By Dr. Peter J. Haen

To find out about the origins of the LMU Biology Department I contacted the "Grand Old Man of the Biology Department": Dr. Carl Kadner. Dr. Kadner's tenure at LMU spanned 40 years. For all the information prior to 1970 I had to rely on the great memory and notes of Dr. Kadner. The earliest record that Dr. Kadner could come up with was the name of a Rev. Phee, S.J. who in 1927 taught premedical courses at what is now known as Loyola High School campus. Prior to 1936 the courses offered in biology were given to satisfy the minimum medical school requirements of zoology, embryology and comparative anatomy. Laboratory activities consisted mainly of dissections and the study of microscope slides. Equipment was rudimentary.

In 1930 Loyola University moved to the Westchester campus, and the administration hired Melchior Dikkers Ph.D. to teach organic chemistry and other science subjects. Dr. Dikkers was the first professional scientist at the university. From 1931-34 he also taught Embryology and Comparative Anatomy, and was the first moderator of the Premedical Society. After leaving Loyola University he taught at Immaculate Heart College for a number of years. During the early 1930's the school catalogs also mention a few other biology instructors, including a certain Antonio Duboc who taught biology and French, a Rev. Pierra Seminart who taught mainly extension courses on a part-time basis, and a Fr. Rudolph, S.J., who had taken graduate courses at Hopkins Marine Station in Pacific Grove. Fr. Rudolph also taught biology courses until 1936 when he became the Novice Master for the young Jesuits. Later on he was appointed Treasurer at Loyola University and then did a spell as an administrator at Loyola High School.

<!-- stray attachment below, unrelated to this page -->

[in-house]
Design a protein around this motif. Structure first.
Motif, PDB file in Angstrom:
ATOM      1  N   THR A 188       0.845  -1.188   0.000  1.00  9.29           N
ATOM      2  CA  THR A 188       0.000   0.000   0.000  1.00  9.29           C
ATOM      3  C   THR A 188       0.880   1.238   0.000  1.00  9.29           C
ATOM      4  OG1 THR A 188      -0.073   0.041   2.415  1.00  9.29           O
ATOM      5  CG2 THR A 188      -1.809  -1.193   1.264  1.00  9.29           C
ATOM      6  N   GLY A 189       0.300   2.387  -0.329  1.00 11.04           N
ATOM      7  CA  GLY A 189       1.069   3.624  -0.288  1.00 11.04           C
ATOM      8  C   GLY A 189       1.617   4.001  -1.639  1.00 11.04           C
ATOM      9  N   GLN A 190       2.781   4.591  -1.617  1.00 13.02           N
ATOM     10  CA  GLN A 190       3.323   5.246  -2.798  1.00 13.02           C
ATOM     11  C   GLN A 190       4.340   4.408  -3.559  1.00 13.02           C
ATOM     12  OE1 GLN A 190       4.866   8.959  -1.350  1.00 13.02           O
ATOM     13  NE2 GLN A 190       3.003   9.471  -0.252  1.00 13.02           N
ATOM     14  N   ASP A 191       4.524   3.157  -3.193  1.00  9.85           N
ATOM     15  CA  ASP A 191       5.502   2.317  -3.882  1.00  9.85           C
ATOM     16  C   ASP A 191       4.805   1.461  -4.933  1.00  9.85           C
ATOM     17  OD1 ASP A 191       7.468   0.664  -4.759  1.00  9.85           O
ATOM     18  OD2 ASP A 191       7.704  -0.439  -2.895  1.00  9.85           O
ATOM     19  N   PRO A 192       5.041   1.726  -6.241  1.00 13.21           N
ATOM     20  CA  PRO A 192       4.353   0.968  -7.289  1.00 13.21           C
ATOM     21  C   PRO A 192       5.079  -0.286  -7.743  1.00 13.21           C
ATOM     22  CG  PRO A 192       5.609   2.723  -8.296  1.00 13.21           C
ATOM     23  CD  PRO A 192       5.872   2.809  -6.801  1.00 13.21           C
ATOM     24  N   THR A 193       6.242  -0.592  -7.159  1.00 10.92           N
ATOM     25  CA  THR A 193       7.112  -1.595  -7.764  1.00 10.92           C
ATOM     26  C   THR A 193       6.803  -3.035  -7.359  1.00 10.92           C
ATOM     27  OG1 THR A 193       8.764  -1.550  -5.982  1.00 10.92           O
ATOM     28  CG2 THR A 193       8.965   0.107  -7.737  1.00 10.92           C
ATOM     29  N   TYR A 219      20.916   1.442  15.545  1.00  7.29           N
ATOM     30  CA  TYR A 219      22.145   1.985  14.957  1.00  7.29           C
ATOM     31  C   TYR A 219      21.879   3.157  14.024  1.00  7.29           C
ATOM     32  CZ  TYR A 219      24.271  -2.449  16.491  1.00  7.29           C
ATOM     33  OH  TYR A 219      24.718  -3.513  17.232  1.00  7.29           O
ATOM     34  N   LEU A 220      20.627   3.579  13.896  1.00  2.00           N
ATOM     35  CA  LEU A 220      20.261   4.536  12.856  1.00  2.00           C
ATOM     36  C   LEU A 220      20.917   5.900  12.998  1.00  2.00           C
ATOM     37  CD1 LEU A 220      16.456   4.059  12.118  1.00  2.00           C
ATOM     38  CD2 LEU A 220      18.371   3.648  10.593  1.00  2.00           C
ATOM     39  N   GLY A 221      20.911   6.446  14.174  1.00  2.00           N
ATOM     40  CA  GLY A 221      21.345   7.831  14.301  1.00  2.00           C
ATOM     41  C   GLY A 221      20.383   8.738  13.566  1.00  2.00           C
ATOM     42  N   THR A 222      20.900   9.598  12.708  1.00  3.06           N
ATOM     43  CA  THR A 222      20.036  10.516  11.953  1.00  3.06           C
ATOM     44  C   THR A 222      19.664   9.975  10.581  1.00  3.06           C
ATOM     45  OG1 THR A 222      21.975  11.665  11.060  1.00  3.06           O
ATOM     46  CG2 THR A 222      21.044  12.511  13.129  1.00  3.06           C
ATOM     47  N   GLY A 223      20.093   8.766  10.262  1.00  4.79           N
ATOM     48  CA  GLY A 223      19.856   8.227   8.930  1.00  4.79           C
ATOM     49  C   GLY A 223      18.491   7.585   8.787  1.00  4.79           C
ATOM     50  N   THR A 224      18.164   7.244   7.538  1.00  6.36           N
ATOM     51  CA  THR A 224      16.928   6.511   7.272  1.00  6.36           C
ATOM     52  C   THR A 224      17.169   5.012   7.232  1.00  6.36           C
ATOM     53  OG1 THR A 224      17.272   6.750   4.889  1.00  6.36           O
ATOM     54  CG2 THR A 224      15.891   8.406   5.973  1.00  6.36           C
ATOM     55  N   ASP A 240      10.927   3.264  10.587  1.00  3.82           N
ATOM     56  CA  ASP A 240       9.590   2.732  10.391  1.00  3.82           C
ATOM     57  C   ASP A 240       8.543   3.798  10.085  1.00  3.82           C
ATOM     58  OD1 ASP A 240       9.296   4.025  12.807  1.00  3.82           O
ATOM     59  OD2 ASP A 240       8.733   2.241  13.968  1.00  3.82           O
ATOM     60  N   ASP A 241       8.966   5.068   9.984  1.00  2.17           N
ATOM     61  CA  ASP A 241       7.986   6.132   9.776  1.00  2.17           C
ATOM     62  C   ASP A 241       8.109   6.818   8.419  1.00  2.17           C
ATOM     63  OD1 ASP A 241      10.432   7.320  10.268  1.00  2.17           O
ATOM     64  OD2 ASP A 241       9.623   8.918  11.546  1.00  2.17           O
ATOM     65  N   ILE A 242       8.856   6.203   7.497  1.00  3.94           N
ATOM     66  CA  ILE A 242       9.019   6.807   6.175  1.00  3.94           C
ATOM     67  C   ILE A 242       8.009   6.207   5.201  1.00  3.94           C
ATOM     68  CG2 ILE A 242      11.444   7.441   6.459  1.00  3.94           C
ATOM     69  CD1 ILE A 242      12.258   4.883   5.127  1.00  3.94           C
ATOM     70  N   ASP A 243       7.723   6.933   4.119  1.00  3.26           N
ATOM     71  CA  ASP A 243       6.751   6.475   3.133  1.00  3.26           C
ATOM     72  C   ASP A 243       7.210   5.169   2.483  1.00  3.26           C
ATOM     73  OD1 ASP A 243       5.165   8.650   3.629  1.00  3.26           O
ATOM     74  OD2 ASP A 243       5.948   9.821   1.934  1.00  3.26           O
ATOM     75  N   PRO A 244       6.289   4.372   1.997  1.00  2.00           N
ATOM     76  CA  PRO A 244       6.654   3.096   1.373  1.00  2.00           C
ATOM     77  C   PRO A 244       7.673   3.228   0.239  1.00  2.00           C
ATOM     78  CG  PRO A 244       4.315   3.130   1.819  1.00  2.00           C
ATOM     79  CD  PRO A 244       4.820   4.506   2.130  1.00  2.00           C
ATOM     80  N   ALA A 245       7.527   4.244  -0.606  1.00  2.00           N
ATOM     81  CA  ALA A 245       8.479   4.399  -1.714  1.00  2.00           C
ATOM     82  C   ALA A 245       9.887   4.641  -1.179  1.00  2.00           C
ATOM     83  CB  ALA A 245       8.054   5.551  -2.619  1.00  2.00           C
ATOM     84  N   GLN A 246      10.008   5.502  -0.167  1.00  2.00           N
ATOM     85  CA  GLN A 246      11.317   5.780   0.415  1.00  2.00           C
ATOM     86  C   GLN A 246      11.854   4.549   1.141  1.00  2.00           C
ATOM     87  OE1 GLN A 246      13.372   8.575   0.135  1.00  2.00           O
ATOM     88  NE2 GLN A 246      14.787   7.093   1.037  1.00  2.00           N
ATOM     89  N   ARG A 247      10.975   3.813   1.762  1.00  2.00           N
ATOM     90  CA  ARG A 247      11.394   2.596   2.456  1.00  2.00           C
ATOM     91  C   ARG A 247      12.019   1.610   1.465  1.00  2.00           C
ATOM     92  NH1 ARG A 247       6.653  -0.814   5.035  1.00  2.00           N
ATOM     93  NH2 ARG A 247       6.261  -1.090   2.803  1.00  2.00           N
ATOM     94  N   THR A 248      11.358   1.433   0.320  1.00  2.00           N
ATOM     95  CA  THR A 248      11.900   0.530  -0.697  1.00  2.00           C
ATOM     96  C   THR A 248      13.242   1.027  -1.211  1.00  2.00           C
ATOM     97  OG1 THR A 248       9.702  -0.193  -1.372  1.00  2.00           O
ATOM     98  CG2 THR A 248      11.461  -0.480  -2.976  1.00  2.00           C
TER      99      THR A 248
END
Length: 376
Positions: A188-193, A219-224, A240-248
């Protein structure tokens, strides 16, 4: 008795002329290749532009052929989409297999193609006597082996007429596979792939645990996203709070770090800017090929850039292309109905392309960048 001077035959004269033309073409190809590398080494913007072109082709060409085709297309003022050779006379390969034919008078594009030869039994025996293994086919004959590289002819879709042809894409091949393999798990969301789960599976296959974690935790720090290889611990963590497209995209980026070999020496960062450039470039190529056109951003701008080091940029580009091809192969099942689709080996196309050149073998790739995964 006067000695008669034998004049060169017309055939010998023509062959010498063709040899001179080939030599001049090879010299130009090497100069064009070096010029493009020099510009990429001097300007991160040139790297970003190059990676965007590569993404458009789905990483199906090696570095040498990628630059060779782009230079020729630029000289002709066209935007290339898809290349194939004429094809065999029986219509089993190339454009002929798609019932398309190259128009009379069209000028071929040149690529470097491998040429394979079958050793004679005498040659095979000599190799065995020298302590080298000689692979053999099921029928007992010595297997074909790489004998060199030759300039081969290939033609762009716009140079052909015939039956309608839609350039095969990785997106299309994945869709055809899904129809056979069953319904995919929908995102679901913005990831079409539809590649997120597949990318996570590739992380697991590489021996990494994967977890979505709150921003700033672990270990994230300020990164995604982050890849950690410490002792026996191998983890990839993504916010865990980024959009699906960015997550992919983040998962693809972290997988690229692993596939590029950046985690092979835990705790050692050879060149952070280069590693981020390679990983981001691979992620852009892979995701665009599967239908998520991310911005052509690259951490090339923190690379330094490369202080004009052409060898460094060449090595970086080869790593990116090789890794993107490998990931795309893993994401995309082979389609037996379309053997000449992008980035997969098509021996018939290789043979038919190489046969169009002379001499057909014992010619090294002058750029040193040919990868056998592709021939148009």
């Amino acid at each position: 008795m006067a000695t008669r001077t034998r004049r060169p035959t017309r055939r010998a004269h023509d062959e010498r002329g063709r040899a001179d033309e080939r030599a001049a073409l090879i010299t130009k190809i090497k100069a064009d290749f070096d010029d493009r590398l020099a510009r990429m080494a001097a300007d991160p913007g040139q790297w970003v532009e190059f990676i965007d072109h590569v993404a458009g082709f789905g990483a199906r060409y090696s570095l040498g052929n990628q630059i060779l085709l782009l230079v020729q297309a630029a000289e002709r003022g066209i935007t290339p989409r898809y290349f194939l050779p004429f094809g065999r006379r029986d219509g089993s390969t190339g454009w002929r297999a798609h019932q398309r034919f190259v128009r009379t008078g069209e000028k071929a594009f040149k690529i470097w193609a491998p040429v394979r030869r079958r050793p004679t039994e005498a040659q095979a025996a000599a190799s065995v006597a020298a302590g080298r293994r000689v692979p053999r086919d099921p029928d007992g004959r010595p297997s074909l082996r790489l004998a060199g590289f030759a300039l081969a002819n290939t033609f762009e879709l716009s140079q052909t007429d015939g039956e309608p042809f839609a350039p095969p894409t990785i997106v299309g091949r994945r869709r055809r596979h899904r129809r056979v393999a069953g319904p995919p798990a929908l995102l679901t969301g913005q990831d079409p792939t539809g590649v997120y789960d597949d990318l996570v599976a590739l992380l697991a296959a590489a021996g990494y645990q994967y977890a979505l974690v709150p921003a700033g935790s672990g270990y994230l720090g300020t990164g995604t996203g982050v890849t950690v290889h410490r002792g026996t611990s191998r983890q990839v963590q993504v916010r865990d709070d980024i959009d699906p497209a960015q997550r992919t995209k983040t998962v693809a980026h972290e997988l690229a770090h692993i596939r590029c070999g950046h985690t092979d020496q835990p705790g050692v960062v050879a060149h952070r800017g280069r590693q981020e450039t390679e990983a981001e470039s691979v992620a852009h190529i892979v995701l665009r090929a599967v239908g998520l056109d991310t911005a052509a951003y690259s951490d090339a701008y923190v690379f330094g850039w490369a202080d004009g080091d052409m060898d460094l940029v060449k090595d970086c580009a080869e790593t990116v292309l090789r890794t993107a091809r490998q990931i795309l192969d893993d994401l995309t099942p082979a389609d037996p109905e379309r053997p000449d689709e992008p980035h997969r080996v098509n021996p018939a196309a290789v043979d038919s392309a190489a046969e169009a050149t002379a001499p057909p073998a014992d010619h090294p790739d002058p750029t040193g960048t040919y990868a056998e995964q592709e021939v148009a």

In 1993 Harold Harper, B.S. came to Loyola University's science department to teach Organic Chemistry and Zoology on what was scheduled as a one year assignment. Instead he organized the major and set up the first facilities of the newly formed Biology Department. He also set up a major vitamin assay laboratory in the basement of St. Robert's Hall and did vitamin assays for some of the largest corporations of that time. Harper went on to get his Ph.D. in 1941 from the University of California and left Loyola University to take a position at the University of San Francisco. From there he moved to UC Berkeley for a very distinguished scientific career and ending up as Dean of the Graduate School. In the same year that Mr. Harper was hired the University Bulletin also mentions a Dr. Fulco, M.D. who taught Embryology and Comparative Anatomy for one or two years. According to Dr. Kadner he then left to join the Ross-Loos Medical Center staff.

1936 was a very important year in the history of the LMU Biology Department. That was the year that Carl Kadner, B.S. was hired. He joined Harold Harper on the permanent staff of the department and began his illustrious teaching career. He introduced the first laboratory courses in General Physiology, Parasitology and Genetics. Carl Kadner received his Ph.D. in Biology together with Harold Harper in 1941, and when Harper left that year Dr. Kadner took over as Chairman of the Biology Department of Loyola University. The 1930-ies were certainly interesting years for the new Loyola University at the Westchester campus. The Engineering major which had been planned in the early thirties was terminated and Daniel E. Whelan, who headed that program, was named Dean of the newly formed College of Science in 1936. Biology was part of the College of Science until 1947 when the College of Arts and Sciences was formed. Dean Whelan entered the military service around 1944 and Romeo P. Allard was named acting Dean of the College of Science.